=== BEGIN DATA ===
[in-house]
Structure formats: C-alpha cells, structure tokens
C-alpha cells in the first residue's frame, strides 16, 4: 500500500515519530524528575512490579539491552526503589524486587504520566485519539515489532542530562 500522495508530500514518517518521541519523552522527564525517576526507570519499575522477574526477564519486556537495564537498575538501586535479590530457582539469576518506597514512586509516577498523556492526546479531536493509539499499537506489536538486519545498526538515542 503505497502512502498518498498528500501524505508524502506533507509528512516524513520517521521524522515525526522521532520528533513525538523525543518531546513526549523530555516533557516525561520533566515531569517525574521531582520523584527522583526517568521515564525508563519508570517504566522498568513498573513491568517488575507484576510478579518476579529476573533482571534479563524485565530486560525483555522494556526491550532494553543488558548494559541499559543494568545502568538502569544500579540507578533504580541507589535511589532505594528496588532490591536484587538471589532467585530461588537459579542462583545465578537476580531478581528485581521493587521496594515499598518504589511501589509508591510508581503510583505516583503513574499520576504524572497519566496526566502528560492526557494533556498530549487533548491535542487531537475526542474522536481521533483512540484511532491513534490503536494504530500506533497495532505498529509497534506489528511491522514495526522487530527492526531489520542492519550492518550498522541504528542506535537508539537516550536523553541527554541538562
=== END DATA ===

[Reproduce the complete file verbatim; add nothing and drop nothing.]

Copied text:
[in-house]
Structure formats: C-alpha cells, structure tokens
C-alpha cells in the first residue's frame, strides 16, 4: 500500500515519530524528575512490579539491552526503589524486587504520566485519539515489532542530562 500522495508530500514518517518521541519523552522527564525517576526507570519499575522477574526477564519486556537495564537498575538501586535479590530457582539469576518506597514512586509516577498523556492526546479531536493509539499499537506489536538486519545498526538515542 503505497502512502498518498498528500501524505508524502506533507509528512516524513520517521521524522515525526522521532520528533513525538523525543518531546513526549523530555516533557516525561520533566515531569517525574521531582520523584527522583526517568521515564525508563519508570517504566522498568513498573513491568517488575507484576510478579518476579529476573533482571534479563524485565530486560525483555522494556526491550532494553543488558548494559541499559543494568545502568538502569544500579540507578533504580541507589535511589532505594528496588532490591536484587538471589532467585530461588537459579542462583545465578537476580531478581528485581521493587521496594515499598518504589511501589509508591510508581503510583505516583503513574499520576504524572497519566496526566502528560492526557494533556498530549487533548491535542487531537475526542474522536481521533483512540484511532491513534490503536494504530500506533497495532505498529509497534506489528511491522514495526522487530527492526531489520542492519550492518550498522541504528542506535537508539537516550536523553541527554541538562